“Wild animals will either run away or attack you if they are either frightened, injured or need to protect their young.”

Tippi enjoying the sea breeze, totally peaceful, as if meditating, surrounded by a huge flock of birds, all seemingly relaxed in her presence, on the Sea Bird Island, Africa
At one with nature: Tippi aged 6 with her arms stretched out on Sea Bird Island, Africa
Tippi again on the Sea Bird Island, Africa, watching a colony of penguins.

Change: When Tippi returned to her parents

When Tippi returned with her parents to France — at the age of ten, she found it extremely difficult adjusting to life in Paris.

She totally missed these rides on the her pet ostrich Linda, in South Africa, and the like,  on warm sunny days.

Hop on: Linda, a tamed ostrich in South Africa takes Tippi for a ride

One more of Tippi’s pets, a rock python, whom she cradles comfortably in her lap.

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Cindy the baboon in Namibia is quite happy in the company of the pretty little girl and is enjoying being stroked by her.

Relaxing: Cindy the baboon in Namibia is happily stroked by the child

The mother always had to keep an eye on her daughter, to protect her.

“I had the least fear I wouldn’t have let Tippi anywhere near them. The photo with Tippi next to the young lion cub Mufasa sucking her thumb is wonderful.

“The year after this photo we came back and we went to see him and he was huge.

“Mufasa came to Tippi and he friendly brushed her with his long tail, like a cat would do, and she almost fell down. I had to take her away – I was not at ease.”

“But she was only ever bitten once on the nose by a Meerkat, only two bites!”

“The second incident was when she met with Cindy the baboon at a water point. Cindy attacked Tippi’s hair and pulled out a handful, out of jealousy.

“That was terribly painful! Wild animals are unpredictable. We can’t be sure of their reaction as we are not of the same species, we don’t know all of their behavior codes.”

Tippi with the San Bushmen of northern Namibia learning their skills of using a bow and arrow.

Skills: Tippi with the San Bushmen of northern Namibia shooting a bow and arrow in Namibia

The women and children of the San Bushmen of northern Namibia are responsible for gathering fruits and berries from the wild. Little Tippi joins them.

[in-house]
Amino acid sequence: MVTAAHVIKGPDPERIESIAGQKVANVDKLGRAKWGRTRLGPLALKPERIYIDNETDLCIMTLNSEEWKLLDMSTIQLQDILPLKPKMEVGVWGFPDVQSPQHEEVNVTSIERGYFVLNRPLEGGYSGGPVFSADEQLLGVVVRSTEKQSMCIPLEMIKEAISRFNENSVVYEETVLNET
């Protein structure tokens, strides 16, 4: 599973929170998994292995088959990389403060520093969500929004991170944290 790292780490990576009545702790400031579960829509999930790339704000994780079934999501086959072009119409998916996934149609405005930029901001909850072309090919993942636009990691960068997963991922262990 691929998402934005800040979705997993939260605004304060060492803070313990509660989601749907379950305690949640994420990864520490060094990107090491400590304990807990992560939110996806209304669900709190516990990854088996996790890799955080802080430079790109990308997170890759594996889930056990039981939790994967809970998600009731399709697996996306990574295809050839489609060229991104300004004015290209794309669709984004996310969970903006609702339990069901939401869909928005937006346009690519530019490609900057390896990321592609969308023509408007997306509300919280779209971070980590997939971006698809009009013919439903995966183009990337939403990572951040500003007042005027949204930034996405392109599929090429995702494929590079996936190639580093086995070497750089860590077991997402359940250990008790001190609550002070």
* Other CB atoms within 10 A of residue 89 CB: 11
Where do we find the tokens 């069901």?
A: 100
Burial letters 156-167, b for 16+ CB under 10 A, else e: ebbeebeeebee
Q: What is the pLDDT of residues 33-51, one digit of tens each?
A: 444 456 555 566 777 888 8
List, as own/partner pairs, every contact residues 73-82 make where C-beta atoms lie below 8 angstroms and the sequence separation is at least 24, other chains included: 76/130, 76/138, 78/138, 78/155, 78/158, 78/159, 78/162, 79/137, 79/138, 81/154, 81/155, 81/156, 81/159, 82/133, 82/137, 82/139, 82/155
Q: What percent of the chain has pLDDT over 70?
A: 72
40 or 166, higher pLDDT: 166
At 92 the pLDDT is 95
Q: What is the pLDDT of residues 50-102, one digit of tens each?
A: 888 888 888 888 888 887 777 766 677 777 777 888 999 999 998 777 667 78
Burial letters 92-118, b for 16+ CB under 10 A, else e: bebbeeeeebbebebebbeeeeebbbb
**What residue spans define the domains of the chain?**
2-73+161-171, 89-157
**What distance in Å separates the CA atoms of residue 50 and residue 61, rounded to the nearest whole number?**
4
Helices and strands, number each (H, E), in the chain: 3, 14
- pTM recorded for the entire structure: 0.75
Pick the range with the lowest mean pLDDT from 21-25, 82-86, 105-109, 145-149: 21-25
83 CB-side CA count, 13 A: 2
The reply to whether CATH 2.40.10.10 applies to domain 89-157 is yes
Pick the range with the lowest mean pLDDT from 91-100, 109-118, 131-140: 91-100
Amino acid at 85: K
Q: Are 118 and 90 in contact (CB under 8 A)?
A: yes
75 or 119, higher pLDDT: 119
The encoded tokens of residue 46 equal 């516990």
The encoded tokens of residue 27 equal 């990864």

Duties

Tkui is applying some herbal medicine made from berries to Tippi’s eye in Namibia and others share the skill of making a bow and arrow.

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Tkui of the San Bushmen of northern Namibia, pours some water for Tippi from a root plant in Okavango Swamps.
Thirsty work: Tkui of the San Bushmen of northern Namibia, feeds Tippi water from a root plant in Okavango Swamps

When we last went back to Africa in 2006 we went to see some of the animals she met in the past, including Cindy the baboon.

“We found out that Cindy is a grandma now: my friend who has raised her like the baby of the family had twins. Cindy decided that she was in charge of them and, being older, became like a grandma for the kids.”

“They met each other and Cindy went to Tippi and started playing with her hair, grooming her. It was quite beautiful.”

And it wasn’t only the animals who were taken with the young Tippi, as Sylvie explains.

“When we came to a village with African children, within two minutes Tippi was the clown and people found her so cute,” she says.

“Africans love other children – especially white children and she was so much fun with her hair and so different.”

“When we filmed the San Bushmen of northern Namibia (one of the most ancient people of Africa who live from hunting and gathering in the Kalahari desert) we would let Tippi spend the day with the group without us until she would fall asleep among. the kids.”

“She was at ease with the children and would dress and play with them – she could never find the same when she came back to Europe.”

When Tippi returned to France – at the age of ten, it was hard adjusting to city life in Paris.

“She missed the animals so much,” said her mother Sylvie.

“We didn’t have room for a dog in our flat, so we got a budgie instead.”

“It would go everywhere with her, even on the train, flying right by her side, sitting on her head or falling asleep on her shoulder.”

“She loved that little bird so much. He was the only friend she had.”

Now aged 23 and studying her third year in a degree in cinema, Tippi is facing a different jungle … the concrete one.

But the memories of her time in Africa – recorded in a series of interviews and written up into the book – will forever live on through its pages.

“She gave her heart and thoughts away in her book,” said Sylvie.

“It is like Mowgli’s story, but for Tippi it’s true.”

A book describing Tippi’s adventures has recently been published worldwide that include the most amazing photographs  of the little girl and her adventurous 10 years of life.

Out now: A book describing Tippi